1863 “The Midnight Ride of Paul Revere” First Book Form Appearance in “TALES OF A WAYSIDE INN” by Henry Wadsworth Longfellow
Click an Image to Enlarge It
1863-Dated First Edition Book titled, “TALES OF A WAYSIDE INN” by Henry Wadsworth Longfellow, Containing the First Appearance in Book Form of “The Midnight Ride of Paul Revere.” published by Ticknor and Fields, Boston, Fine.
This classic book measures 4” x 7” with 225 pages, plus an included 22 page list of other publications from Ticknor & Fields, publishers. Overall fine condition, sound interior with some wear on the outer edges of the cover and with a loose bookplate leaf inside the cover. Printed on this paper with gilt edges. Bound in 3/4 blue crushed-morocco morocco boards, with marbled sides. Rubbed spine with five raised bands decoratively lettered and tooled in gilt.
First Edition, published in 1863. The poems included in this book are told to a group of adults in the tavern of the Wayside Inn in Sudbury, Massachusetts by the landlord of the establishment. Contains Longfellow's most enduring poem titled: “The Midnight Ride of Paul Revere” on page 18, where it is titled “The Landlord’s Tale: Paul Revere’s Ride.”
We note that a book dealer is advertising a similar first edition, (the boards somewhat less worn), at an advertised retail price online at $3,295. An original First Edition which may find a home in your library at our more modest estimate. Tales of a Wayside Inn is a collection of poems by American poet Henry Wadsworth Longfellow. The book, published in 1863, depicts a group of people at the Wayside Inn in Sudbury, Massachusetts as each tells a story in the form of a poem. "Tales of a Wayside Inn" contains the first appearance in book form of the famous "Paul Revere's Ride", although in this book of poems it is headed "The Landlord's Tale".
The poems in the collection are told by a group of adults in the tavern of the Wayside Inn in Sudbury, Massachusetts, 20 miles from the poet's home in Cambridge, and a favorite resort for parties from Harvard College. The narrators are friends of the author who, though they were not named, were so plainly characterized as to be easily recognizable. Among those of wider fame are Ole Bull, the violinist, and Thomas William Parsons, the poet and translator of Dante. Each of the three parts has a prelude and a finale, and there are interludes which link together the tales and introduce the narrators.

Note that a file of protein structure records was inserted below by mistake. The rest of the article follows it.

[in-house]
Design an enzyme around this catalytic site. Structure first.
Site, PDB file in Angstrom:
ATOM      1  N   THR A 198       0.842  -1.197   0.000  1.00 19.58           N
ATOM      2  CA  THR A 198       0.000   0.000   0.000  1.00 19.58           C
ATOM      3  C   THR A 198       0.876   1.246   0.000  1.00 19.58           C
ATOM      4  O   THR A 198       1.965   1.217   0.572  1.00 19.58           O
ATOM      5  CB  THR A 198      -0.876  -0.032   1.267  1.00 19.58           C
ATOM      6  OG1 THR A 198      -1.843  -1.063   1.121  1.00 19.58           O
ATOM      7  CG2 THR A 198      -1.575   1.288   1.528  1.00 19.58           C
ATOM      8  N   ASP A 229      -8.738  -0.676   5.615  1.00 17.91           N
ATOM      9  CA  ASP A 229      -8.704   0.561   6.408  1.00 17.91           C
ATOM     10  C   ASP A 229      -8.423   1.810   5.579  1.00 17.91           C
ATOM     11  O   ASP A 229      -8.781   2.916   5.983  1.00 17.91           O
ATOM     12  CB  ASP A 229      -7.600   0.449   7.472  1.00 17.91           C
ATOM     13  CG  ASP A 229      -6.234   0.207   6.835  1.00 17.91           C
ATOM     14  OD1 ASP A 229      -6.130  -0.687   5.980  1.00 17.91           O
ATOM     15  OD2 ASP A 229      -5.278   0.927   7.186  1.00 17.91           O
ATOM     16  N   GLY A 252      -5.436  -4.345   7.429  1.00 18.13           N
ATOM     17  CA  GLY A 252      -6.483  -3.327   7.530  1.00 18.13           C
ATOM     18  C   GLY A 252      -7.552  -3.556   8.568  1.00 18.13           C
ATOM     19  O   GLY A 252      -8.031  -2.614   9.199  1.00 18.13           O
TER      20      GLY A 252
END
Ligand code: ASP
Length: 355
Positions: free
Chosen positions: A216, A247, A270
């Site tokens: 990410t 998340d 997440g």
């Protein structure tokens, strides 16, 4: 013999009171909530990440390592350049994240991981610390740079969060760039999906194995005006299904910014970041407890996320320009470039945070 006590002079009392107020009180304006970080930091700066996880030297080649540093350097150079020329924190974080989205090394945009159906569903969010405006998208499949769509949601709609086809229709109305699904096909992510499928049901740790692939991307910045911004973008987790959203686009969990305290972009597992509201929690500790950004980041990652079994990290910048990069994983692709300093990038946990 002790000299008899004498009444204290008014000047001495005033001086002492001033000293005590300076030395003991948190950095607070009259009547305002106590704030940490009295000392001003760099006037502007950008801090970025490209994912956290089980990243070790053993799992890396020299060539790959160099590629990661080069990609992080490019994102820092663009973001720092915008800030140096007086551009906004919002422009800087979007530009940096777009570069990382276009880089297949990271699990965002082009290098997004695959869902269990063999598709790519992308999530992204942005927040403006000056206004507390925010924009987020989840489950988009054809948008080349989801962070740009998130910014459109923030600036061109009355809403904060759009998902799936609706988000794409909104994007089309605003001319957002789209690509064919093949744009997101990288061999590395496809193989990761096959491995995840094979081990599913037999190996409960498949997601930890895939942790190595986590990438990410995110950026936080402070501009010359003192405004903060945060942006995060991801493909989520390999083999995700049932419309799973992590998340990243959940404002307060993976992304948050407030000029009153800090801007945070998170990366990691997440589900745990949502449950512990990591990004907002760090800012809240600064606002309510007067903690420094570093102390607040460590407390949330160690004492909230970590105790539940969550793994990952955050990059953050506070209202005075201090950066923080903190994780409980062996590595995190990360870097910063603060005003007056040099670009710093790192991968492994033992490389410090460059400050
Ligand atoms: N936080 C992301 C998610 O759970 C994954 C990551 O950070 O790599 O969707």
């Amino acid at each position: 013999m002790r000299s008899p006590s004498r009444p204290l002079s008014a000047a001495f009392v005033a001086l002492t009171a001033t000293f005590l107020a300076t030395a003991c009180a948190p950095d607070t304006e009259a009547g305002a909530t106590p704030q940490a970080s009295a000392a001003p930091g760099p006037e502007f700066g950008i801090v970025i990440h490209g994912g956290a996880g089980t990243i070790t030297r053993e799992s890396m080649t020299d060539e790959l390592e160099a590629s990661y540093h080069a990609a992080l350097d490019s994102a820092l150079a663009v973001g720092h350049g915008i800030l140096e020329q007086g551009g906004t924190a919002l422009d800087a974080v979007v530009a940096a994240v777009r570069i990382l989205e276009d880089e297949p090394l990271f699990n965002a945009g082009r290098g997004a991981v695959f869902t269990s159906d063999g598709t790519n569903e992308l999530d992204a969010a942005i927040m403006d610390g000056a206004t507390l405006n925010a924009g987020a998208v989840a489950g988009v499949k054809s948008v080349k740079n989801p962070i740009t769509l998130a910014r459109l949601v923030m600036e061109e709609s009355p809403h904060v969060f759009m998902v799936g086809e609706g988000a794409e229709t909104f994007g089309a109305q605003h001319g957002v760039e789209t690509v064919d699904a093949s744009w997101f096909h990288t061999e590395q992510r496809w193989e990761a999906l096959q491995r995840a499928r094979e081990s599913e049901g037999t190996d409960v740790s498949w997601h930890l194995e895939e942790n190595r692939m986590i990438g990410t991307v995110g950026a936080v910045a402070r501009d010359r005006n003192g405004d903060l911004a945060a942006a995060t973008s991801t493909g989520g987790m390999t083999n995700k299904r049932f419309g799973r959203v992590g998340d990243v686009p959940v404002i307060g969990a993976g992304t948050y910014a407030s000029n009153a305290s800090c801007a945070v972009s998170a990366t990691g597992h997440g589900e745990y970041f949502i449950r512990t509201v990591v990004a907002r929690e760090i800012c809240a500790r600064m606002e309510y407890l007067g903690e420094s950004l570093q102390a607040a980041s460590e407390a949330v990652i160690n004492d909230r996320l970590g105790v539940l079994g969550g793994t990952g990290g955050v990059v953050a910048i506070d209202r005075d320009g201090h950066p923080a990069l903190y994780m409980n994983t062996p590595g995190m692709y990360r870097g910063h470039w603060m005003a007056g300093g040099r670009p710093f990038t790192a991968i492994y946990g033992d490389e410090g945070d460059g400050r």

About the binder & signed binding ("C. Walters" stamped to FFEP). "Walters was influenced to take up bookbinding around 1900 by the late George D. Smith, eminent bookseller. Later he studied with Matthews, the Club Bindery and Stikeman. He conceived his ideas about mosaic bindings as early as 1904, but between 1907 and 1928 he remained inactive. He has invented and brought to perfection a new technique whereby the most intricate inlaid designs can be achieved by a few simple tools, without the use of dies or punches. Walters’ work has received wide recognition. Some of his early bindings are included in the Henry W. Poor collection, and many have been exhibited in Paris (1930), New York (Columbia University, 1935), Hamburg (Kunstgewerbeschule, 1933-36) and Berlin (1936). Articles describing and illustrating these masterpieces have appeared in several journals such as the Archiv fr Buchbinderei (1934) and The American Book Collector (1932). Walters’ bindings are made of the very finest leathers available, and that their workmanship reveals consummate craftsman down to the smallest detail" (From the catalog Foreword, Parke-Bernet sale, Tuesday, December 10th, 1957).